I have several times started both "candy lily" and "blackberry lily" from seed, and had almost 100% germination without any stratification. I soaked the seeds overnight and planted them maybe 1/4 inch below the surface (indoors under lights - started on heatmat. Once they start coming up, they grow very quickly.
However, once planted in the garden, I have not had much success at all with them. I do grow bearded iris without too much trouble, but my belamcanda and pardancanda have mostly either withered and died very quickly, or not overwintered, and I've yet to see them flower. This year, for the first time, a fraction of those I planted last year have come back, so we'll see if they live to produce flowers.
My suspected blackberry lilies were also winter sown, or, actually potted as if I thought they might grow anytime but half sunk in a shady garden bed. I don't actually remember the time frame of how they came up. It's not too bad a way to treat things you have no clue about.
I would not have a garden without blackberry lilies. They are one of the flowers I always look forward to seeing each summer. Mine is an informal garden, with many volunteers allowed to grow as they will. Each Fall, as I put my garden to bed, I will simply scatter some of the seeds and let nature take its course. Each Spring, I am blessed with more new plants than I can handle, much to my friends' delight. Many times, I have given extra "blackberries" to fellow gardeners and tell them to just toss the seeds onto a sunny patch of earth...nothing more. Many have thanked me for their beautiful lilies the following year. Keep in mind, I live in zone 4 which is really a bit too cold for them to overwinter. The flowers I get are like annuals, for the winter cold will kill them. Still, when they bloom in late summer, the flower stalks are 3-4 feet tall and the flowers are abundant. Blackberry lilies have provided me with great pleasure for almost no effort. It does not get much better than that.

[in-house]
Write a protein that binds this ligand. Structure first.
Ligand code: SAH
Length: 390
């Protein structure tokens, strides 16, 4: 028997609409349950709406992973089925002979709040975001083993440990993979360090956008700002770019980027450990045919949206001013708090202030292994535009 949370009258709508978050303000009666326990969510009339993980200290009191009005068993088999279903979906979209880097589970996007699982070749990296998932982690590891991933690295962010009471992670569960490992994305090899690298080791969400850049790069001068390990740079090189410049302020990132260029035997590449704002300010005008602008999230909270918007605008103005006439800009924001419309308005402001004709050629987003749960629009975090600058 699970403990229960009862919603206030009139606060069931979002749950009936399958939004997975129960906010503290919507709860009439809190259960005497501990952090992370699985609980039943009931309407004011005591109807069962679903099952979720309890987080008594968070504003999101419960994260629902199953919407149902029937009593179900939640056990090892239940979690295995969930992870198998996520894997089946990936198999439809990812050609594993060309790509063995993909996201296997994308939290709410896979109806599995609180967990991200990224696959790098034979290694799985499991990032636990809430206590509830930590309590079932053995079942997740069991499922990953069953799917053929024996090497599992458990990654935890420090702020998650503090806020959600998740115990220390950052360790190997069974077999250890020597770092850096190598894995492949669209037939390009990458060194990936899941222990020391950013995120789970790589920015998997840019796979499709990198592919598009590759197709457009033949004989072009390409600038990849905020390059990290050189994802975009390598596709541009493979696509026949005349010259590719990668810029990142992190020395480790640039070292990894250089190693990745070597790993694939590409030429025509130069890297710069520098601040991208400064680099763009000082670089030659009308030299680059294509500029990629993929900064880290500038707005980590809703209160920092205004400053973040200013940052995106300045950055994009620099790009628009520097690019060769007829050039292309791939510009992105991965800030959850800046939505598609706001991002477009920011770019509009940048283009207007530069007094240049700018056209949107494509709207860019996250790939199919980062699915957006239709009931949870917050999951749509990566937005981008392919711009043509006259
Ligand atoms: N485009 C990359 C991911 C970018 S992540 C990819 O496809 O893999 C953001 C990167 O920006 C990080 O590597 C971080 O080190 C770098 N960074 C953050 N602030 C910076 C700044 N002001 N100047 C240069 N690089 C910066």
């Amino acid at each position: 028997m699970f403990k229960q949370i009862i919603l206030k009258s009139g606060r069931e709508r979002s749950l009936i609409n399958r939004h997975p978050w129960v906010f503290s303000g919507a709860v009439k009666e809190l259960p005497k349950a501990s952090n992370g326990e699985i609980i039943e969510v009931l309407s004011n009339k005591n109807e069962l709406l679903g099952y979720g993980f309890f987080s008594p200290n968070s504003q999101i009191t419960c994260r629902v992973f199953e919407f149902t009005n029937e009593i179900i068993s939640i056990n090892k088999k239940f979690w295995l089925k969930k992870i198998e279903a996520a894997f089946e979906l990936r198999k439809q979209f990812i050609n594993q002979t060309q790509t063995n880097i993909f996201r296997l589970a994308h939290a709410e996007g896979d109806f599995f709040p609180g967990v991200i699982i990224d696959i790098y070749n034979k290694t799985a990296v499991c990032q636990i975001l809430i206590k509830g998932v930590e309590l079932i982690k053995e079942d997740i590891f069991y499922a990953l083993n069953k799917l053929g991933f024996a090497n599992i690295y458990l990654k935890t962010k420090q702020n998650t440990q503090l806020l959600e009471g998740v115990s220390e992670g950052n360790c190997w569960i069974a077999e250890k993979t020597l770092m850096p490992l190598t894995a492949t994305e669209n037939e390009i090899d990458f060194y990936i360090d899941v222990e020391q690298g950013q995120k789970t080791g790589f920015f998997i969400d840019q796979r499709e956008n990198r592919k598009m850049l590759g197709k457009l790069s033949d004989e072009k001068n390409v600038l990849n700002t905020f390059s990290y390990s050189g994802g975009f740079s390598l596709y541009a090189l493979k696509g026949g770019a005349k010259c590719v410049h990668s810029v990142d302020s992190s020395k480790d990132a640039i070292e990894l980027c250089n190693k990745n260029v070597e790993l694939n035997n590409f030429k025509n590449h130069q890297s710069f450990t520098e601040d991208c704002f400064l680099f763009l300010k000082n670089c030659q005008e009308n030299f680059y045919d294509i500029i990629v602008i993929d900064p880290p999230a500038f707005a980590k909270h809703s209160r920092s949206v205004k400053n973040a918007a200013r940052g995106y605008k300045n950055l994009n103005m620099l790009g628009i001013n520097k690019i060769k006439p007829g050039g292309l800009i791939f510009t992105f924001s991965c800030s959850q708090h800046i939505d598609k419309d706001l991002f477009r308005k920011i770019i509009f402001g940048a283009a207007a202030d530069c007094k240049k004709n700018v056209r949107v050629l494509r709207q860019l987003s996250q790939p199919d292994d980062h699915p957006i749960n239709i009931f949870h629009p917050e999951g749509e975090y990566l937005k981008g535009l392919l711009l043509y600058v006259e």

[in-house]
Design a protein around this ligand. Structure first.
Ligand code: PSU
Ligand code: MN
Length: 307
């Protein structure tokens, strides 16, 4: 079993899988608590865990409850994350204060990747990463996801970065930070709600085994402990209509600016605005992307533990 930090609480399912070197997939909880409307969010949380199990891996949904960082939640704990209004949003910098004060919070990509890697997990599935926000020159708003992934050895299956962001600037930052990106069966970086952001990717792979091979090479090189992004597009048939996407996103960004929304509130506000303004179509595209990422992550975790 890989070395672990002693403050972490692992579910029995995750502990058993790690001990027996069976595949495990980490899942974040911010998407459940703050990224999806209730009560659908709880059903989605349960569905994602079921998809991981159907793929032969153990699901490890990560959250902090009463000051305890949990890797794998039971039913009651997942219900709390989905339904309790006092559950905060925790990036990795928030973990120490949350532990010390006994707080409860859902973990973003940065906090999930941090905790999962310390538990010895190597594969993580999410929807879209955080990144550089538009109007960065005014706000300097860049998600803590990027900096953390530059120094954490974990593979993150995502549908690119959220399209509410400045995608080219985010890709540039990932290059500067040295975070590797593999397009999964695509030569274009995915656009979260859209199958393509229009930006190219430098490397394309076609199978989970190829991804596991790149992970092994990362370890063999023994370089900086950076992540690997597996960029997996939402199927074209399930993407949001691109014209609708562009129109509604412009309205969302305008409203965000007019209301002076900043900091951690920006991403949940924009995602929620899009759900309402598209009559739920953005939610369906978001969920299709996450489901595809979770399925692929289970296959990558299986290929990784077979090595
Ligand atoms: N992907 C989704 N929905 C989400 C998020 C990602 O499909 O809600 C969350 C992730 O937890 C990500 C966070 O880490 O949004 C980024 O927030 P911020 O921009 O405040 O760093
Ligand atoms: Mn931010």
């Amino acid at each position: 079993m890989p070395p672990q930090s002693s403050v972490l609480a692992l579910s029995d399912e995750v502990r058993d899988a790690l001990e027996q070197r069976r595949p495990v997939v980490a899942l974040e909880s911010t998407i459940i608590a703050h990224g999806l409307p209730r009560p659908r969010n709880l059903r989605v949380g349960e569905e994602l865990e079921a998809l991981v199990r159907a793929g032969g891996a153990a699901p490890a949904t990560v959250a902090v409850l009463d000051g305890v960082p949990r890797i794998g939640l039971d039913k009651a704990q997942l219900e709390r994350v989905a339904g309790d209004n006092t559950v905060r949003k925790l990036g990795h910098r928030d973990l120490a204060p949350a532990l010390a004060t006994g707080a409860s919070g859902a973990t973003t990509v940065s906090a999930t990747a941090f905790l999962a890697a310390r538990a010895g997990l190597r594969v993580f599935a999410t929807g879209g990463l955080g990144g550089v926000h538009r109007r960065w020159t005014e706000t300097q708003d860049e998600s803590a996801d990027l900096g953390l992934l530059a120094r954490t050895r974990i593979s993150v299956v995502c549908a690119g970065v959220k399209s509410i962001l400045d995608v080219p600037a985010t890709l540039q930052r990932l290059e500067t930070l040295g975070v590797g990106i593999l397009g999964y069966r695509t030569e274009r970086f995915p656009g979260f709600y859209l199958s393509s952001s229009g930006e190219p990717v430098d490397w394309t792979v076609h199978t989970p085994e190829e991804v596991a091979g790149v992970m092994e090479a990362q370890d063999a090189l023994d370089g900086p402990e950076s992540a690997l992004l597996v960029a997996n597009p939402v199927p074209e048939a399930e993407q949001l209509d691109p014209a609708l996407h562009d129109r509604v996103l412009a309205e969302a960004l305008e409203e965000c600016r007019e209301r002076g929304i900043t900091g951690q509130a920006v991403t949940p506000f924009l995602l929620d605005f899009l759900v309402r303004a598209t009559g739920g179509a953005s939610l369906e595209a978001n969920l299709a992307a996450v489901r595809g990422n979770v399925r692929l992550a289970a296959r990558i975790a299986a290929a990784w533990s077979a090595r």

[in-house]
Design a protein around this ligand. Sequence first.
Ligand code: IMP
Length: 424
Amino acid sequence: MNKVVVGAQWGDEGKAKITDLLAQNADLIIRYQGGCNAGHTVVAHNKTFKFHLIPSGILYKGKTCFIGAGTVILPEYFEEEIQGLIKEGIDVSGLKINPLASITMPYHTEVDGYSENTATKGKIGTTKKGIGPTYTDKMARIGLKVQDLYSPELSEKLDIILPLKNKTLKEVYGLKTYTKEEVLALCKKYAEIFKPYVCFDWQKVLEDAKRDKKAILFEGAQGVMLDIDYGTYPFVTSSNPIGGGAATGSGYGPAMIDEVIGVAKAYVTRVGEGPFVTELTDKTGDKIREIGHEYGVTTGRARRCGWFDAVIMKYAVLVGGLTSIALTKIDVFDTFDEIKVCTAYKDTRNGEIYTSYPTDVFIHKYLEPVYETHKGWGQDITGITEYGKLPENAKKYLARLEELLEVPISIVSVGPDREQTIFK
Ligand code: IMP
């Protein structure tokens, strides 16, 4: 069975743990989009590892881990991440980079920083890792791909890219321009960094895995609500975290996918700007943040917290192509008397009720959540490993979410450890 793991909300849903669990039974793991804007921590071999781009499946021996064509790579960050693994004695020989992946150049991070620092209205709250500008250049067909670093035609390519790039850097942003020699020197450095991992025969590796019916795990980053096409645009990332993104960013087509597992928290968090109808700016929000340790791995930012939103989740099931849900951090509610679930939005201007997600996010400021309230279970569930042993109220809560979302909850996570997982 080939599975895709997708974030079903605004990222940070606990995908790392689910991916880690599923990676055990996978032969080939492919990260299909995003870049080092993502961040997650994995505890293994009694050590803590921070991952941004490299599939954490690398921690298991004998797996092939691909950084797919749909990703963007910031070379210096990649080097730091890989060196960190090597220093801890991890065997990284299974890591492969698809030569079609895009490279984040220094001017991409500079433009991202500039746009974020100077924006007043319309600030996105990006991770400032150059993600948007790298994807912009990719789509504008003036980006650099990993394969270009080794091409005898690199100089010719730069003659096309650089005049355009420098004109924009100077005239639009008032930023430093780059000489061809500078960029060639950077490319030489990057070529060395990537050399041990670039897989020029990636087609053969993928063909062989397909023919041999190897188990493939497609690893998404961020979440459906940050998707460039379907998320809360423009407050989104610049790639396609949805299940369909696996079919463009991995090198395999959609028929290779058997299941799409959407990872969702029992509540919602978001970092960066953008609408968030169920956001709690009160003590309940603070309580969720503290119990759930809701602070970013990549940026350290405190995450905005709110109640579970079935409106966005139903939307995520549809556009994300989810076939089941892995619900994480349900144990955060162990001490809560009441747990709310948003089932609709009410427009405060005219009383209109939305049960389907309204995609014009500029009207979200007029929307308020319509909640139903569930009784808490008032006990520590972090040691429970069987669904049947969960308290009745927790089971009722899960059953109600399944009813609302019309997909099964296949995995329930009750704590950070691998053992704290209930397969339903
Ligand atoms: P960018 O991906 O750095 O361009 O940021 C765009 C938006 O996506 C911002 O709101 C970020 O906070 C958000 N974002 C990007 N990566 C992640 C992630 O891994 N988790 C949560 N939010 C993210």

Sally and all,
We're in St. Louis and have grown candy lily for probably 15 years now. Natural stratification must work well here because after planting the first few transplants I've never helped them further and they have spread. I don't mean just larger clumps but they are in many more areas of the garden now. Getting rid of them requires deep digging; you can't pull them up and Roundup won't hurt them. They're beautiful though and also are interesting in cut arrangements.
I have a grouping of Candy Lilies (Iris) which have been growing in my garden for at least 30 years. I do not know what variety they are but I grew them from seeds which were given to be by a man who lived in Orlando, FL. I live in central PA. They have never reseeded but always survive our cold winter temperatures. There is a variety of colors.
Thanks for all your added comments. Experience is the best teacher with gardening!
Now, do these look like blackberry lily babies? They were passed to me a seeds of 'orange lily'. (And I see some chewed leaves; maybe I better trim those off)
OH, sorry that came out sideways, I thought I sent a cropped fixed version
perenniallyme, perhaps you "love" them too much. Mine grow with little or no attention. Instead of trying to start them in peat pots (or whatever) and then transplant them, get fresh seed in the Fall and scatter them in a sunny part of your garden and let them be. You only have to be careful and not mistake the seedlings for some form of grass growing and accidentally "weed" them out come Spring. If you want to move them to a different spot, just dig them up with a trowel full of soil attached when they are 2" to 3" tall. Otherwise, just let them be and they will happily multiply. That is the same advice I have given friends over the years, and they all have good stands of blackberry lilies. May the faeries in your garden smile on your efforts.
Thanks, but maybe "sunny" is a clue. My most sunny space gets only about 6 hours, which I'm not sure qualifies. Where they are is my 2nd most sunny, getting maybe 5 1/2 hours. But on the other hand, my irises do fine there. I'll see if I have any seeds left, and if I do, I'll try the sprinkle and leave alone method.